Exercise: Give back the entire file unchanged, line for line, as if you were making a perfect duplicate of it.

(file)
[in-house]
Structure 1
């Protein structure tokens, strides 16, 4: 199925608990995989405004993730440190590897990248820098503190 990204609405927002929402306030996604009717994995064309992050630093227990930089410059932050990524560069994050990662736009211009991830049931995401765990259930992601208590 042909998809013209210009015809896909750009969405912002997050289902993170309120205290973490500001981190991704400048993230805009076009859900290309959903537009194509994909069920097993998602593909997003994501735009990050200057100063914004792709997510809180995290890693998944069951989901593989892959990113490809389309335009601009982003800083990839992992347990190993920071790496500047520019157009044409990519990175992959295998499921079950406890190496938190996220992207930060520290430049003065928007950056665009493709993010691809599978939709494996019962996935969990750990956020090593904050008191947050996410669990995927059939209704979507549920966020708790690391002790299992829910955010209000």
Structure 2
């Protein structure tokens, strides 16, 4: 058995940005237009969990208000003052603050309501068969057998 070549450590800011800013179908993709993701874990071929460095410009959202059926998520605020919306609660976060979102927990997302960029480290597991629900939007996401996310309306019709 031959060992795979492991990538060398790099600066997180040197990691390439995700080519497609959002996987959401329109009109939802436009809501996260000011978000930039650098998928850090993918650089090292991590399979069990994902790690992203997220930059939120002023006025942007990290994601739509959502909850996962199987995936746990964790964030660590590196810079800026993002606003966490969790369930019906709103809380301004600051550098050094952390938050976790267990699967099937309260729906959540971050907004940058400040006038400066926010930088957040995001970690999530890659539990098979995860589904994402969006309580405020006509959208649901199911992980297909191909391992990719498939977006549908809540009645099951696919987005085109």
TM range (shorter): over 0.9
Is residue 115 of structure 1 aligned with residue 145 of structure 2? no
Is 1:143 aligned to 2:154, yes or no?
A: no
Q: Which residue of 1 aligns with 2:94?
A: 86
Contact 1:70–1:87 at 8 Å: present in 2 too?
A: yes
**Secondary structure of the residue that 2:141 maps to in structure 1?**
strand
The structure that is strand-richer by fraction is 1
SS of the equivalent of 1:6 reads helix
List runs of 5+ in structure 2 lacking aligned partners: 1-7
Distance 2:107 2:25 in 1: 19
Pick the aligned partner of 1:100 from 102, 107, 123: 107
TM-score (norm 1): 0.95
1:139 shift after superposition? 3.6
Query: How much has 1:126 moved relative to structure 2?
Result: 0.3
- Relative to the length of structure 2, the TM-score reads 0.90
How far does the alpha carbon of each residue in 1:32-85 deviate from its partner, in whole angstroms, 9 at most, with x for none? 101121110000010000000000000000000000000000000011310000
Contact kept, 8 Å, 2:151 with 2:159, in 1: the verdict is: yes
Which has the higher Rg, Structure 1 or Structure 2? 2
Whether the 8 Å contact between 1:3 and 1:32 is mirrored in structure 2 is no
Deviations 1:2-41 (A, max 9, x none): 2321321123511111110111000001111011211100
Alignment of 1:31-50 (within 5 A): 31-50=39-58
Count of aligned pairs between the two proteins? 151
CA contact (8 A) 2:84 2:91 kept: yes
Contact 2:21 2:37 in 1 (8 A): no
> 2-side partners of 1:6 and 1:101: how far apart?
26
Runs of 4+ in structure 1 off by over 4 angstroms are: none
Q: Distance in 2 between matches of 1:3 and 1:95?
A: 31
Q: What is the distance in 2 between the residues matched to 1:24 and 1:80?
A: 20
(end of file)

[in-house]
Structure 1
């Protein structure tokens, strides 16, 4: 199925608990995989405004993730440190590897990248820098503190 990204609405927002929402306030996604009717994995064309992050630093227990930089410059932050990524560069994050990662736009211009991830049931995401765990259930992601208590 042909998809013209210009015809896909750009969405912002997050289902993170309120205290973490500001981190991704400048993230805009076009859900290309959903537009194509994909069920097993998602593909997003994501735009990050200057100063914004792709997510809180995290890693998944069951989901593989892959990113490809389309335009601009982003800083990839992992347990190993920071790496500047520019157009044409990519990175992959295998499921079950406890190496938190996220992207930060520290430049003065928007950056665009493709993010691809599978939709494996019962996935969990750990956020090593904050008191947050996410669990995927059939209704979507549920966020708790690391002790299992829910955010209000």
Structure 2
């Protein structure tokens, strides 16, 4: 058995940005237009969990208000003052603050309501068969057998 070549450590800011800013179908993709993701874990071929460095410009959202059926998520605020919306609660976060979102927990997302960029480290597991629900939007996401996310309306019709 031959060992795979492991990538060398790099600066997180040197990691390439995700080519497609959002996987959401329109009109939802436009809501996260000011978000930039650098998928850090993918650089090292991590399979069990994902790690992203997220930059939120002023006025942007990290994601739509959502909850996962199987995936746990964790964030660590590196810079800026993002606003966490969790369930019906709103809380301004600051550098050094952390938050976790267990699967099937309260729906959540971050907004940058400040006038400066926010930088957040995001970690999530890659539990098979995860589904994402969006309580405020006509959208649901199911992980297909191909391992990719498939977006549908809540009645099951696919987005085109």
TM range (shorter): over 0.9
Is residue 115 of structure 1 aligned with residue 145 of structure 2? no
Is 1:143 aligned to 2:154, yes or no?
A: no
Q: Which residue of 1 aligns with 2:94?
A: 86
Contact 1:70–1:87 at 8 Å: present in 2 too?
A: yes
**Secondary structure of the residue that 2:141 maps to in structure 1?**
strand
The structure that is strand-richer by fraction is 1
SS of the equivalent of 1:6 reads helix
List runs of 5+ in structure 2 lacking aligned partners: 1-7
Distance 2:107 2:25 in 1: 19
Pick the aligned partner of 1:100 from 102, 107, 123: 107
TM-score (norm 1): 0.95
1:139 shift after superposition? 3.6
Query: How much has 1:126 moved relative to structure 2?
Result: 0.3
- Relative to the length of structure 2, the TM-score reads 0.90
How far does the alpha carbon of each residue in 1:32-85 deviate from its partner, in whole angstroms, 9 at most, with x for none? 101121110000010000000000000000000000000000000011310000
Contact kept, 8 Å, 2:151 with 2:159, in 1: the verdict is: yes
Which has the higher Rg, Structure 1 or Structure 2? 2
Whether the 8 Å contact between 1:3 and 1:32 is mirrored in structure 2 is no
Deviations 1:2-41 (A, max 9, x none): 2321321123511111110111000001111011211100
Alignment of 1:31-50 (within 5 A): 31-50=39-58
Count of aligned pairs between the two proteins? 151
CA contact (8 A) 2:84 2:91 kept: yes
Contact 2:21 2:37 in 1 (8 A): no
> 2-side partners of 1:6 and 1:101: how far apart?
26
Runs of 4+ in structure 1 off by over 4 angstroms are: none
Q: Distance in 2 between matches of 1:3 and 1:95?
A: 31
Q: What is the distance in 2 between the residues matched to 1:24 and 1:80?
A: 20